It’s well-known that work-related musculoskeletal disorders are highly prevalent among dentists. A 2009 study by Hayes in the International Journal of Dental Hygiene stated that between 64 and 93 percent of dental professionals experience musculoskeletal pain. In 2016, Leggat published an article in the international journal, Healthcare, claiming the prevalence is 85 percent among dental students.
Future dentists have a lifetime of dentistry ahead, and should do everything in their power to ensure the longevity and health of their careers. Posture is important, but it’s more than that. Supporting muscles can become fatigued or weakened. When you work for hours a day in the same position, chances are you’re going to develop pain, even with “perfect” posture.
What can we do? We can work out.
The challenge is that we lead busy lives. The 8-to-5 school day, plus time spent on lab work and studying, leaves minimal time and energy left for exercise. Still, our physical health should be prioritized just as much as our school work. Our success in school depends on our ability to do lab work and pass our exams. But what about prevention of injury? Your physical health and strength impact how resilient you are to musculoskeletal injury.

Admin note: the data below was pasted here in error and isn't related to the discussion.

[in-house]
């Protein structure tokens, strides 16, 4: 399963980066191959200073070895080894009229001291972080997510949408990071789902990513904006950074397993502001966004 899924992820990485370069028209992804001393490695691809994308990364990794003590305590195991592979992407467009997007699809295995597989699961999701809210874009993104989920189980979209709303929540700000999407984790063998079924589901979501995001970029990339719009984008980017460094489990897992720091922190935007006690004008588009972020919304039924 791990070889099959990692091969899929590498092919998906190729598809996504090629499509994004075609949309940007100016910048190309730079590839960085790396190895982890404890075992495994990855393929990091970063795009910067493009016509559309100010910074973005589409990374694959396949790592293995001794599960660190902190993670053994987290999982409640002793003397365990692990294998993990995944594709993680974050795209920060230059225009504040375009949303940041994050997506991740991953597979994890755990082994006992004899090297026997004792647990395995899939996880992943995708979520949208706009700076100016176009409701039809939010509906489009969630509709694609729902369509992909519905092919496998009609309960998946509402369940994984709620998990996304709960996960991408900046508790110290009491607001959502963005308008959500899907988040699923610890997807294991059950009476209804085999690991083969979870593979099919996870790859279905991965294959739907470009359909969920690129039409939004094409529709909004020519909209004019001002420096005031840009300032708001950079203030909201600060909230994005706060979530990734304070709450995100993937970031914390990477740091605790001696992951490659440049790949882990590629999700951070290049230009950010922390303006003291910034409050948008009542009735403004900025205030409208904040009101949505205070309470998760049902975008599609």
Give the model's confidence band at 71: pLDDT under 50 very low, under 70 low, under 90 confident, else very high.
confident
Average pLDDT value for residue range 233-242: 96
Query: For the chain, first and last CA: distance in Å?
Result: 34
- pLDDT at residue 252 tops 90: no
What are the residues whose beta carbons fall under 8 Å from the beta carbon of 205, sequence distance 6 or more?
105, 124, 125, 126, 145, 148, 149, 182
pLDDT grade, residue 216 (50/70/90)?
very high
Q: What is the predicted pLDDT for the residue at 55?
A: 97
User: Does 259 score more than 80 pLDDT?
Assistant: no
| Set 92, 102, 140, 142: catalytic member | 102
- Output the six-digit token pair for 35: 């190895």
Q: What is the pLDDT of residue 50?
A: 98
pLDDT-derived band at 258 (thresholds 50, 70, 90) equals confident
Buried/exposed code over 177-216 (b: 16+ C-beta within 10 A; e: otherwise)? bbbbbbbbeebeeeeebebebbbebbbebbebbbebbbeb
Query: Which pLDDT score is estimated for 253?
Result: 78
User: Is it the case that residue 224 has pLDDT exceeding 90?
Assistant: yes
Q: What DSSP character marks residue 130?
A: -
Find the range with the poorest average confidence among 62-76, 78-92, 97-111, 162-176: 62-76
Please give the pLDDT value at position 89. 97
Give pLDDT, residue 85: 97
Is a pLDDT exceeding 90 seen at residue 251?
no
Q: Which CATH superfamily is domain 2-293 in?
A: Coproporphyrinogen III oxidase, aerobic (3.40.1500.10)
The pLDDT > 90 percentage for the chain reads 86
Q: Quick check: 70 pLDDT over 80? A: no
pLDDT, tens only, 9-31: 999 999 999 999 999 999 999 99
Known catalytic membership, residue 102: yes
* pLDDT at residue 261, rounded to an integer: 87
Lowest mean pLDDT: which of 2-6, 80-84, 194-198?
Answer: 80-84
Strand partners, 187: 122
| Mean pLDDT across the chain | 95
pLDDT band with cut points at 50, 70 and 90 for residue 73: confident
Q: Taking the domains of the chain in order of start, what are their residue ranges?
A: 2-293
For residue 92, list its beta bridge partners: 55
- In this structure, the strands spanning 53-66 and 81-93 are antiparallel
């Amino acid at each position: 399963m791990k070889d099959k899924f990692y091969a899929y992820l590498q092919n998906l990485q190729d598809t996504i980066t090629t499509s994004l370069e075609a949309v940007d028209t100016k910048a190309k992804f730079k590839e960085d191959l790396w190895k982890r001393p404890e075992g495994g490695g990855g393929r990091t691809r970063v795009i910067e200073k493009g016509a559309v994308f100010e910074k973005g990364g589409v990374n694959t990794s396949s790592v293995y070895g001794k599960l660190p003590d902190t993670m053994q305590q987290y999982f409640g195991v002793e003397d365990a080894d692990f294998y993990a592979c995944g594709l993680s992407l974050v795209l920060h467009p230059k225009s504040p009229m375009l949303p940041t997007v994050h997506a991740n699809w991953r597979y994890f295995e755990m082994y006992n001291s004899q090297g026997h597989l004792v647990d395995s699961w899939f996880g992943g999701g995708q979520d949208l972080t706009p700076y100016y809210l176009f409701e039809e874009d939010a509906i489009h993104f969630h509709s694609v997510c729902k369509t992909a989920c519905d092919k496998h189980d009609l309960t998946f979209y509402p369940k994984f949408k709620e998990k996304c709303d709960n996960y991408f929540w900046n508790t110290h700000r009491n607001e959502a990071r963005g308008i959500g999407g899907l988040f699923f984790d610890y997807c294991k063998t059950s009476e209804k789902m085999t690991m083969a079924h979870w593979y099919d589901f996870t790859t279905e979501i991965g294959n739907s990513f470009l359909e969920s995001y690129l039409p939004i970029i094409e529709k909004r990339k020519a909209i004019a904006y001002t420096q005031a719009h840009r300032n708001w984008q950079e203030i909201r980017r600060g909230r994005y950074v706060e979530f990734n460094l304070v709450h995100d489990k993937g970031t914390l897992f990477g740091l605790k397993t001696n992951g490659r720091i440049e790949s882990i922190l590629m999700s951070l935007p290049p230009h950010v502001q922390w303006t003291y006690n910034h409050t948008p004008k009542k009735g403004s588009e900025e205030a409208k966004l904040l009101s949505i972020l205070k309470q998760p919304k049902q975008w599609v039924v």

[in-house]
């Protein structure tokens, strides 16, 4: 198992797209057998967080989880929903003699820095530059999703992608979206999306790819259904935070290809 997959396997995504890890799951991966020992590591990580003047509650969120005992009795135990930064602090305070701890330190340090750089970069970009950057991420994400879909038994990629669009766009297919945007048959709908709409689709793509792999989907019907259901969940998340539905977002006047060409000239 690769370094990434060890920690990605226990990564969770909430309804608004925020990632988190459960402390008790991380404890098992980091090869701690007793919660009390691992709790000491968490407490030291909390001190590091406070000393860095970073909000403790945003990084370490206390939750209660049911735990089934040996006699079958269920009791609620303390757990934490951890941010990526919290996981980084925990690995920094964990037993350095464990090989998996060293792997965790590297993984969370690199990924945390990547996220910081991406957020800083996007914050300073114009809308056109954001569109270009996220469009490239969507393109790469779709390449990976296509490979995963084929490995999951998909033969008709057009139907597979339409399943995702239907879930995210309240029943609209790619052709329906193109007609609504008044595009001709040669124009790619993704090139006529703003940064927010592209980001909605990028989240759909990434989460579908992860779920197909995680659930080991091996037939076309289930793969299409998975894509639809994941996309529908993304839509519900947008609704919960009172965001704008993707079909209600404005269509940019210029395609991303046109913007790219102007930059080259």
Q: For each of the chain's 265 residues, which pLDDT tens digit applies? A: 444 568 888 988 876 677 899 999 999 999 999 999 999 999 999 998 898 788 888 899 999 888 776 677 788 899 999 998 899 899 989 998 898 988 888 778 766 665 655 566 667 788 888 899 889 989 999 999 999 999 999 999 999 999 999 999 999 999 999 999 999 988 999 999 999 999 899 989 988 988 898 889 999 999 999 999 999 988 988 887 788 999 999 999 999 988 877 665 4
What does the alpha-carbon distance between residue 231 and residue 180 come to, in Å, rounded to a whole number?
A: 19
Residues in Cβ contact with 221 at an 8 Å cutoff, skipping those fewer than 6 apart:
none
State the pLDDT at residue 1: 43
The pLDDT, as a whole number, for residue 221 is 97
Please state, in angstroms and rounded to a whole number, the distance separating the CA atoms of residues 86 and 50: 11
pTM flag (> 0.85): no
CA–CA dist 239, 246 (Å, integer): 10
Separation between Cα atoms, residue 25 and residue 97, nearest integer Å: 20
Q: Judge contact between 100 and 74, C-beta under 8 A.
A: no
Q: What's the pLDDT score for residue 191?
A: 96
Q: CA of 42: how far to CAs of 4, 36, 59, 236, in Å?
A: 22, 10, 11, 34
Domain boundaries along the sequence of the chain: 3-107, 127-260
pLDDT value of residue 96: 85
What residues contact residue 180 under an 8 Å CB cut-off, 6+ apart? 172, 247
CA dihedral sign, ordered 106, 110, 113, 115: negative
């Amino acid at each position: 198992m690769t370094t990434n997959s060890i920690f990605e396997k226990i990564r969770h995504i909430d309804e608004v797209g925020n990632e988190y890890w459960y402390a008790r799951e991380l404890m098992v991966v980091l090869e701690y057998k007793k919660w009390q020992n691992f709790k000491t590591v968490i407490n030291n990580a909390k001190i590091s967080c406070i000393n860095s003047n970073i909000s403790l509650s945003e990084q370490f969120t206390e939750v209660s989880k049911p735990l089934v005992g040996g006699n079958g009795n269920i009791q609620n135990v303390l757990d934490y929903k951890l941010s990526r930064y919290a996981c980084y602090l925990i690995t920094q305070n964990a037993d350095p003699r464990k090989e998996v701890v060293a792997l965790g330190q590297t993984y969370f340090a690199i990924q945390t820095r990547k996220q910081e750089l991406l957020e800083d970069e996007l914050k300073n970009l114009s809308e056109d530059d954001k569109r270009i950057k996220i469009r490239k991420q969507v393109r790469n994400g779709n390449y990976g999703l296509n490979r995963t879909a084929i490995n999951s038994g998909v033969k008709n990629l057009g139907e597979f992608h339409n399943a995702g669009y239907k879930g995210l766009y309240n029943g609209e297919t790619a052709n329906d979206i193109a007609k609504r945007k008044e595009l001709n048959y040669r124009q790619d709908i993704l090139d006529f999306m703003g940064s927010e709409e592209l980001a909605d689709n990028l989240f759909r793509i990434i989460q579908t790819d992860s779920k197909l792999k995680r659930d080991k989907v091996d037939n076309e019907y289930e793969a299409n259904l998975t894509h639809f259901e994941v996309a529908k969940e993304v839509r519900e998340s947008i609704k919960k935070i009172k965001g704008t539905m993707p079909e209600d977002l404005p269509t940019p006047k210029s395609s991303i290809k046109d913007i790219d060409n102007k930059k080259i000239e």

A 2003 article in the Journal of the American Dental Association, written by physical therapist Bethany Valachi, explains that long periods of no muscle movement lead to ischemia and necrosis, causing areas of microdamage leading to pain and eventually to musculoskeletal disorders.
Read the rest of the article in the June/July issue of Contour magazine.
About Kimia Mirzadeh
Kimia Mirzadeh attends University of Louisville School of Dentistry and will graduate in 2019.